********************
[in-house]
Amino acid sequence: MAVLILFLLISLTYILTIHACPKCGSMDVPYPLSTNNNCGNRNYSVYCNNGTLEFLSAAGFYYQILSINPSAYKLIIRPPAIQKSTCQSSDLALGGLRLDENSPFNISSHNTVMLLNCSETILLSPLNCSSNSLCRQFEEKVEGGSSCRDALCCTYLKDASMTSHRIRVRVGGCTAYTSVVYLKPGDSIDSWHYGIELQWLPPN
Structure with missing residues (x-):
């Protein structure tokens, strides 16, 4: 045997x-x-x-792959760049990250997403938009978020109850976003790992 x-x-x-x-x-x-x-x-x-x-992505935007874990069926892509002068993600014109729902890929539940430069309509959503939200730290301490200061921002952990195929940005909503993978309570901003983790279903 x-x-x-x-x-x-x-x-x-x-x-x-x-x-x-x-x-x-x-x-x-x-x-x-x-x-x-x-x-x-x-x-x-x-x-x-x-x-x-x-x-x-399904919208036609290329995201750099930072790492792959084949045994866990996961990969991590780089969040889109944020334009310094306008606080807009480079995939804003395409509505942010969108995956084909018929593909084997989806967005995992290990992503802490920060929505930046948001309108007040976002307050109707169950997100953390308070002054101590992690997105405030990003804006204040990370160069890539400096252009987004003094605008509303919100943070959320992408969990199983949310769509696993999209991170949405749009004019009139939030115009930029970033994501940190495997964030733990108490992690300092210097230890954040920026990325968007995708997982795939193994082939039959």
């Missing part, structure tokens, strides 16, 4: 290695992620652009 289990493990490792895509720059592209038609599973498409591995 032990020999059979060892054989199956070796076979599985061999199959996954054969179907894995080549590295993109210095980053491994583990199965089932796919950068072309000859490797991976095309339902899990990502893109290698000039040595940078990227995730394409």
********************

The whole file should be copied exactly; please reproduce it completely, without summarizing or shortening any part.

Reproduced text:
[in-house]
Amino acid sequence: MAVLILFLLISLTYILTIHACPKCGSMDVPYPLSTNNNCGNRNYSVYCNNGTLEFLSAAGFYYQILSINPSAYKLIIRPPAIQKSTCQSSDLALGGLRLDENSPFNISSHNTVMLLNCSETILLSPLNCSSNSLCRQFEEKVEGGSSCRDALCCTYLKDASMTSHRIRVRVGGCTAYTSVVYLKPGDSIDSWHYGIELQWLPPN
Structure with missing residues (x-):
């Protein structure tokens, strides 16, 4: 045997x-x-x-792959760049990250997403938009978020109850976003790992 x-x-x-x-x-x-x-x-x-x-992505935007874990069926892509002068993600014109729902890929539940430069309509959503939200730290301490200061921002952990195929940005909503993978309570901003983790279903 x-x-x-x-x-x-x-x-x-x-x-x-x-x-x-x-x-x-x-x-x-x-x-x-x-x-x-x-x-x-x-x-x-x-x-x-x-x-x-x-x-x-399904919208036609290329995201750099930072790492792959084949045994866990996961990969991590780089969040889109944020334009310094306008606080807009480079995939804003395409509505942010969108995956084909018929593909084997989806967005995992290990992503802490920060929505930046948001309108007040976002307050109707169950997100953390308070002054101590992690997105405030990003804006204040990370160069890539400096252009987004003094605008509303919100943070959320992408969990199983949310769509696993999209991170949405749009004019009139939030115009930029970033994501940190495997964030733990108490992690300092210097230890954040920026990325968007995708997982795939193994082939039959």
């Missing part, structure tokens, strides 16, 4: 290695992620652009 289990493990490792895509720059592209038609599973498409591995 032990020999059979060892054989199956070796076979599985061999199959996954054969179907894995080549590295993109210095980053491994583990199965089932796919950068072309000859490797991976095309339902899990990502893109290698000039040595940078990227995730394409």